Too close for comfort: Essential workers remain on the frontlines

by Megan Schiffres

Food Lion stocker Rachel Minter packs curbside pickup bags for customers who want to avoid entering the supermarket.

KILMARNOCK—While the majority of Virginia’s workforce is now confined at home, safe and isolated from the dangers of contracting COVID-19 in a public space, a new appreciation has developed for members of the community who remain on the front lines, helping others to survive this virus.

Service workers such as grocery stockers and cashiers are still showing up to work, still interacting with dozens or hundreds of total strangers every day, and still only making an average of $10.59 an hour, according to the U.S. Department of Labor.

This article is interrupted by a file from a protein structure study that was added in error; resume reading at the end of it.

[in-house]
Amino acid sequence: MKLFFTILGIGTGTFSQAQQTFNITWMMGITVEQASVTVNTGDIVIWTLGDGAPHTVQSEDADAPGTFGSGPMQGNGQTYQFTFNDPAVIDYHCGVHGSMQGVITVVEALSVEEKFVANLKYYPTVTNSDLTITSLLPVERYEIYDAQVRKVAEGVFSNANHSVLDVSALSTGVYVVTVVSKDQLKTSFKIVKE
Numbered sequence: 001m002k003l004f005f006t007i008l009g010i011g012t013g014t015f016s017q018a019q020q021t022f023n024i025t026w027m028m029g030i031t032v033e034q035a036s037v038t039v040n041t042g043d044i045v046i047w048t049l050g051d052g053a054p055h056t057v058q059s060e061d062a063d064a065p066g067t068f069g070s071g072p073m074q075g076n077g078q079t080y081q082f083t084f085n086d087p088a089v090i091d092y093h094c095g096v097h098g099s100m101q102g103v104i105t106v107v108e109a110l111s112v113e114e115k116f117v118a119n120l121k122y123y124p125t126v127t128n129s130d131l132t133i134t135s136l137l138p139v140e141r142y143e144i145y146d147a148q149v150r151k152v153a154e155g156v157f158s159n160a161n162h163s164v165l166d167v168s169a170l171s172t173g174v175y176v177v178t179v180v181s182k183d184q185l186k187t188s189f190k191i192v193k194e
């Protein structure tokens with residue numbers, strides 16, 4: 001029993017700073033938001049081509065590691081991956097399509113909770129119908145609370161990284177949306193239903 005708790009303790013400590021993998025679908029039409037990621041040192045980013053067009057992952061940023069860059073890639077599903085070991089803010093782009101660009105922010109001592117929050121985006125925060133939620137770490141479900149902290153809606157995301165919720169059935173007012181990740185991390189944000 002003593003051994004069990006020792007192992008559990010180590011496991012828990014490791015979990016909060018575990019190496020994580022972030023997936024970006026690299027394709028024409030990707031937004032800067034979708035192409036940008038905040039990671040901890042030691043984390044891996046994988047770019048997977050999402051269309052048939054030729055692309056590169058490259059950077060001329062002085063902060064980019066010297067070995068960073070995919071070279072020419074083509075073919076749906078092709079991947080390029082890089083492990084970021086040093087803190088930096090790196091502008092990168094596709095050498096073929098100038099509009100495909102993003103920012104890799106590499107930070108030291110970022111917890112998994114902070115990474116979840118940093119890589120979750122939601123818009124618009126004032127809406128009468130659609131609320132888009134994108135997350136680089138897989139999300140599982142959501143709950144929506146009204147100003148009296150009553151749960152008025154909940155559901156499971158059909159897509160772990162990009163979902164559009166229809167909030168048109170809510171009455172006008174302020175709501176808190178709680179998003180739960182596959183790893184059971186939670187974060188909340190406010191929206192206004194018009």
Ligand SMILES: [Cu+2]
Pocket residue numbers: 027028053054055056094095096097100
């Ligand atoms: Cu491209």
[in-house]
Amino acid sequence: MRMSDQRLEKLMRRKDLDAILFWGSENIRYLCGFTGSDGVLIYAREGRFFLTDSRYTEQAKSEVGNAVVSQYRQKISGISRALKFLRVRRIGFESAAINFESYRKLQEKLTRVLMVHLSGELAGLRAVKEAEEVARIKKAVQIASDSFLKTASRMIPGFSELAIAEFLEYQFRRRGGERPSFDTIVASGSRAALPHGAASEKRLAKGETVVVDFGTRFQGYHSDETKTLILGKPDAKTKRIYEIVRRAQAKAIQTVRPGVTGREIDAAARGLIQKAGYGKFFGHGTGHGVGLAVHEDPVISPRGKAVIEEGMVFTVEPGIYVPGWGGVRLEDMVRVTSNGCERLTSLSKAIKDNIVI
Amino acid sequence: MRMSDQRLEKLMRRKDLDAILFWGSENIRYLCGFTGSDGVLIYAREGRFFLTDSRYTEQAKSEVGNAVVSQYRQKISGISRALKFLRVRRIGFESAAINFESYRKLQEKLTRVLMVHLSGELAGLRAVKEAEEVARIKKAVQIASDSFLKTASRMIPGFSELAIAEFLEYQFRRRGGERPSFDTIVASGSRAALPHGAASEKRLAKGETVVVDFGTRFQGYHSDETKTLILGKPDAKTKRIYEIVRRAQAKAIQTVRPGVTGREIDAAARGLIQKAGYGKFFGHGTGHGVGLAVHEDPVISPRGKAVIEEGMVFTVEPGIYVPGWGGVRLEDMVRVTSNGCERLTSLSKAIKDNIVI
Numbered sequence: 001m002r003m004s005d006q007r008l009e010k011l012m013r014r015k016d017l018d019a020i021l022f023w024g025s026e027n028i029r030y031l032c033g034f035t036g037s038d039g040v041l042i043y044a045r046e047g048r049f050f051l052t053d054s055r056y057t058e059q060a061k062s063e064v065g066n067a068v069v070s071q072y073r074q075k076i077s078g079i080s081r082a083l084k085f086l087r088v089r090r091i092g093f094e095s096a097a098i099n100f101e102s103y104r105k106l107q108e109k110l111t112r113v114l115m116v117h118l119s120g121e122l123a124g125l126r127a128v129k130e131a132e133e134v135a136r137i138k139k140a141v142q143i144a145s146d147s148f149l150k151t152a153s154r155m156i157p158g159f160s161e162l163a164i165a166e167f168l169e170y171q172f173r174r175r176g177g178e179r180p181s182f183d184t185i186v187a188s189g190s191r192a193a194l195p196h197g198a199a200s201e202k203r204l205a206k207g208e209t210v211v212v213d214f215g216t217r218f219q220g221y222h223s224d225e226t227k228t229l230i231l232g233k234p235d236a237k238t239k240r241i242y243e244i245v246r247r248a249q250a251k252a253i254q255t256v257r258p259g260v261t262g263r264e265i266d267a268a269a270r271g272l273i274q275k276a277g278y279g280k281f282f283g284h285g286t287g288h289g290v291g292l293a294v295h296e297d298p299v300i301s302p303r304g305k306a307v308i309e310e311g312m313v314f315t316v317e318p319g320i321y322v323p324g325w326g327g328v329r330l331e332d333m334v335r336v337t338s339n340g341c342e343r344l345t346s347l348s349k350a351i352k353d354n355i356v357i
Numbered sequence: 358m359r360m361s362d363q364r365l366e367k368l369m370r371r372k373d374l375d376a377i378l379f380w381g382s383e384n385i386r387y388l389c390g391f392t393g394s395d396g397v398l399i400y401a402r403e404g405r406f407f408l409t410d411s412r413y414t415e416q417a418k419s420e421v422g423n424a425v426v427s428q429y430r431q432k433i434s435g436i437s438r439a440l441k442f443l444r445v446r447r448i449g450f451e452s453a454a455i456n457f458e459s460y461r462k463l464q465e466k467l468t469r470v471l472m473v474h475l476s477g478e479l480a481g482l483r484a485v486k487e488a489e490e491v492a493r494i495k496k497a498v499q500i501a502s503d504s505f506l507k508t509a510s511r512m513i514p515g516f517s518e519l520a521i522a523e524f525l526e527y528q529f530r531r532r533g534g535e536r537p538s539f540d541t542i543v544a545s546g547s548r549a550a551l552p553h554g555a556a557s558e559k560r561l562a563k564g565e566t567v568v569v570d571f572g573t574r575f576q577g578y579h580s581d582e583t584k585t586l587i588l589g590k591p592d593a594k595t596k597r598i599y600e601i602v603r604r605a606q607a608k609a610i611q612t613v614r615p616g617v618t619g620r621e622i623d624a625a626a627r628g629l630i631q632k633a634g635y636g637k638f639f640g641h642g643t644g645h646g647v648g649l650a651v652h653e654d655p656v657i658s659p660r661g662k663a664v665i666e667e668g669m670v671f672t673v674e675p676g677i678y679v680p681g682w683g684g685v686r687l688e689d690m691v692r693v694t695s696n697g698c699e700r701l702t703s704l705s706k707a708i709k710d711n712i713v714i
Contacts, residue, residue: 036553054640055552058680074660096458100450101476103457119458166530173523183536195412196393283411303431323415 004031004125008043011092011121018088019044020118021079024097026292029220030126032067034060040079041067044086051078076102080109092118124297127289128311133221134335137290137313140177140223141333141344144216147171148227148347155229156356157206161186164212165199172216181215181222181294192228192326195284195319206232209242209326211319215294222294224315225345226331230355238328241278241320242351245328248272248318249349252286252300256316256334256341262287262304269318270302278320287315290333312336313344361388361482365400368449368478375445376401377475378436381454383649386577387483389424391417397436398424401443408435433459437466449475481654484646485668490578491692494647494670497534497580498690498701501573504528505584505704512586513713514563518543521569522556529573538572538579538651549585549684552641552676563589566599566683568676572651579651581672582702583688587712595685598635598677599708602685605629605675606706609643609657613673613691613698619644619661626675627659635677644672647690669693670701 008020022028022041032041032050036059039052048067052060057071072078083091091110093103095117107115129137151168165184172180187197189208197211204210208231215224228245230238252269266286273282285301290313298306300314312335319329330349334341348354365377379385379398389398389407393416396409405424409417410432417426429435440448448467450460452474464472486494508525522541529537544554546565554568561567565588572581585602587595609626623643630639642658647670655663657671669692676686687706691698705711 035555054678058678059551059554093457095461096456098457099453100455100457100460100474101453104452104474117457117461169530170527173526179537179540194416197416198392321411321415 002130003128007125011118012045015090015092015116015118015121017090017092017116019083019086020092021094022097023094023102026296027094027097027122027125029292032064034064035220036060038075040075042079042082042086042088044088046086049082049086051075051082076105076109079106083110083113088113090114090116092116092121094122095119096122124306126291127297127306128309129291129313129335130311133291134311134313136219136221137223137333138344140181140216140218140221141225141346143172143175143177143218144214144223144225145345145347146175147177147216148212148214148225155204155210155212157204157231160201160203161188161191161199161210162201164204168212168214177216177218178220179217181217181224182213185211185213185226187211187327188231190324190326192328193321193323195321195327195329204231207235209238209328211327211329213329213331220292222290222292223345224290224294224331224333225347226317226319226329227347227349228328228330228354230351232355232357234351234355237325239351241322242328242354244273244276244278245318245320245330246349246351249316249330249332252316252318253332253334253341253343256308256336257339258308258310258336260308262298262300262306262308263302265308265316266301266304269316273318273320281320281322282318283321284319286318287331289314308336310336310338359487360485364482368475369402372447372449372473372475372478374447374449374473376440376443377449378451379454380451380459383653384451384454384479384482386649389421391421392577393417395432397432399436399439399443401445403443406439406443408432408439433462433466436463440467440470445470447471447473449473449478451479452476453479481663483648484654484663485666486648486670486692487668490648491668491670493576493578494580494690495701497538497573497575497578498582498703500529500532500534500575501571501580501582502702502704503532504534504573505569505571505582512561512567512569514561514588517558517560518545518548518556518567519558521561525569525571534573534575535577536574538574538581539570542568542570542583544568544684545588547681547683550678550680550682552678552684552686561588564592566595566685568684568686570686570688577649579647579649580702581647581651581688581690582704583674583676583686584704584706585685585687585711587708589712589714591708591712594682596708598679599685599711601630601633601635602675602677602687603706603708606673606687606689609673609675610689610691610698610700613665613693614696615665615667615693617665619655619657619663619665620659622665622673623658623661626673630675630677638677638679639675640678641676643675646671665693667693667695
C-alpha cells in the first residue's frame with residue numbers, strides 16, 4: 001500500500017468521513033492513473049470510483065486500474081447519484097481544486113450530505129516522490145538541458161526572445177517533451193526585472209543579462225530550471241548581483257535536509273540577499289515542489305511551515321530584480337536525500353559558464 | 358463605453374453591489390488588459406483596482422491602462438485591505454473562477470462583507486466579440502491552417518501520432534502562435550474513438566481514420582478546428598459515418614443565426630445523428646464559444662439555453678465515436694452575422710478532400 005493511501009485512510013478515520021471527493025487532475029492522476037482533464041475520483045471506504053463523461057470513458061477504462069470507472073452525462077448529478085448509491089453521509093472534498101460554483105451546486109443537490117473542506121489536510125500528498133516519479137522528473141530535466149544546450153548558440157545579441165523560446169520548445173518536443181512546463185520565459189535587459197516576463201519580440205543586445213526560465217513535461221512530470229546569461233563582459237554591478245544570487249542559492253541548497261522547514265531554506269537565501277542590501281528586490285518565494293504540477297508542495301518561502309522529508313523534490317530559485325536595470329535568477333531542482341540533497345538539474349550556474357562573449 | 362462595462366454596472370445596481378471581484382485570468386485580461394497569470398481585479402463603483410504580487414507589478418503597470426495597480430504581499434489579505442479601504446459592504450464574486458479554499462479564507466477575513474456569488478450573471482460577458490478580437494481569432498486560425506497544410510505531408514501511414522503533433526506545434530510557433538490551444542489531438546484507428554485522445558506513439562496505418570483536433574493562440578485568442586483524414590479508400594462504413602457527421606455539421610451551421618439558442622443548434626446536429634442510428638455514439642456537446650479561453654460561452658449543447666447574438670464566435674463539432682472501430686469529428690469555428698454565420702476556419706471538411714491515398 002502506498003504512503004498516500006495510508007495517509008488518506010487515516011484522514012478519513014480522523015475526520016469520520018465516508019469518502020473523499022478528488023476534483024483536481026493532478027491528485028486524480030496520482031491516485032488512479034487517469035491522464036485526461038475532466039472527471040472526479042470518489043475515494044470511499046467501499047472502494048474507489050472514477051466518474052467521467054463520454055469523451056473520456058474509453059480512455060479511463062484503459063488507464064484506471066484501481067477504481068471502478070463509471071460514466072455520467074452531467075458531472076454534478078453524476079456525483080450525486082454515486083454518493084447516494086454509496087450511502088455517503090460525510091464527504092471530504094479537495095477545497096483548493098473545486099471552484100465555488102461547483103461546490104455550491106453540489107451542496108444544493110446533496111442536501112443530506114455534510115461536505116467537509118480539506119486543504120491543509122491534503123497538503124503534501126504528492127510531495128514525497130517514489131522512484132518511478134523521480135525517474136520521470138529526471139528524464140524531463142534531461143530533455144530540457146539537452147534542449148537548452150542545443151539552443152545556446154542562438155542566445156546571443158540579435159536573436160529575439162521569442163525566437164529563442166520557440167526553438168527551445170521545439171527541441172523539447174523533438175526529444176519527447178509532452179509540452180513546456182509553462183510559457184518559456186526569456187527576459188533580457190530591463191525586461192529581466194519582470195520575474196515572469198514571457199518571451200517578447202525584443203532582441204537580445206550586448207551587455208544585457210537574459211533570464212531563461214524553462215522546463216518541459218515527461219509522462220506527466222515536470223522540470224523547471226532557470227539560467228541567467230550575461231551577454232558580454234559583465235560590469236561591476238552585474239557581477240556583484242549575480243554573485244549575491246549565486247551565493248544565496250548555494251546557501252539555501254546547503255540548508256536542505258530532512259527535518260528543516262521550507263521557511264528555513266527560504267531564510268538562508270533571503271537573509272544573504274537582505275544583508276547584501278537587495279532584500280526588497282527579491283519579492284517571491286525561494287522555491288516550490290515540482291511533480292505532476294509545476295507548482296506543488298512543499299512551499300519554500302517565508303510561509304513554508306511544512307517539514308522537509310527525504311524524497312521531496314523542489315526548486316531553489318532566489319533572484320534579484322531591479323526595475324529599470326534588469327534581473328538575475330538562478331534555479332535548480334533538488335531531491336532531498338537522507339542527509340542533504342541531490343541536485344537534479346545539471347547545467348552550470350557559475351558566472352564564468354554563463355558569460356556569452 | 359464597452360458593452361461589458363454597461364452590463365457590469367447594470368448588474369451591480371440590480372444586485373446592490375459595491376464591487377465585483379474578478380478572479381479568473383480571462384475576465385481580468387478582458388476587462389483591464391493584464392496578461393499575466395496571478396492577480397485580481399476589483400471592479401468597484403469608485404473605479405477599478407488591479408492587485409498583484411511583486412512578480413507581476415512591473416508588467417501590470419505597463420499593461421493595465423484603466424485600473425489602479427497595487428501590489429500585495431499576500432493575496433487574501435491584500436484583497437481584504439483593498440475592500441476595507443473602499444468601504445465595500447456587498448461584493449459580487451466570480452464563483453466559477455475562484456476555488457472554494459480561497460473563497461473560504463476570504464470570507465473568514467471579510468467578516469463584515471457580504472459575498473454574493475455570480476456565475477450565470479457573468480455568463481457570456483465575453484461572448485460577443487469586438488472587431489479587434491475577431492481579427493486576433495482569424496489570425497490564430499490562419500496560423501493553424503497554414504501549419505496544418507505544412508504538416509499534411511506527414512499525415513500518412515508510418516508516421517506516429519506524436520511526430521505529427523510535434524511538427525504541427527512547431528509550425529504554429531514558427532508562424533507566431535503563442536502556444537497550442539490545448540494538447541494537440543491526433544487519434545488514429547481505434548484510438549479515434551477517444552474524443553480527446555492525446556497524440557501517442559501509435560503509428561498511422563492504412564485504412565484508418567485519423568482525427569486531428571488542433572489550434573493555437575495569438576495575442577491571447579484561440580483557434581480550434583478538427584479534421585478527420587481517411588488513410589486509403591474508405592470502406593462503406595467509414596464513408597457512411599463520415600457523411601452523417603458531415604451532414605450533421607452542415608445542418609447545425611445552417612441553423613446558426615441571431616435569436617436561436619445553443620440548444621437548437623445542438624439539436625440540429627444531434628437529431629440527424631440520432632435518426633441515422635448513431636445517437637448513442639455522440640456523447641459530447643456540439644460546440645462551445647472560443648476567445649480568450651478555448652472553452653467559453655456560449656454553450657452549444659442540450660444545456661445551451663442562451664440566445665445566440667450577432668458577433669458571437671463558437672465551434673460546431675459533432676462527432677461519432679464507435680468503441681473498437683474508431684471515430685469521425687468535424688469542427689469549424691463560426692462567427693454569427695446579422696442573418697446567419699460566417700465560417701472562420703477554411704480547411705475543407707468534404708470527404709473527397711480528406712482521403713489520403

Instead of adhering to the Centers of Disease Control and Prevention recommended social distancing practice of staying six feet away from others, cashiers are trapped operating their registers and have no choice but to spend their entire shift only two feet away from an endless line of customers panic-buying rolls of toilet paper by the dozen.

“Some of the girls up front have been wearing gloves, trying to wash down the registers a little bit more than usual and trying to keep their distance…[to=view-more]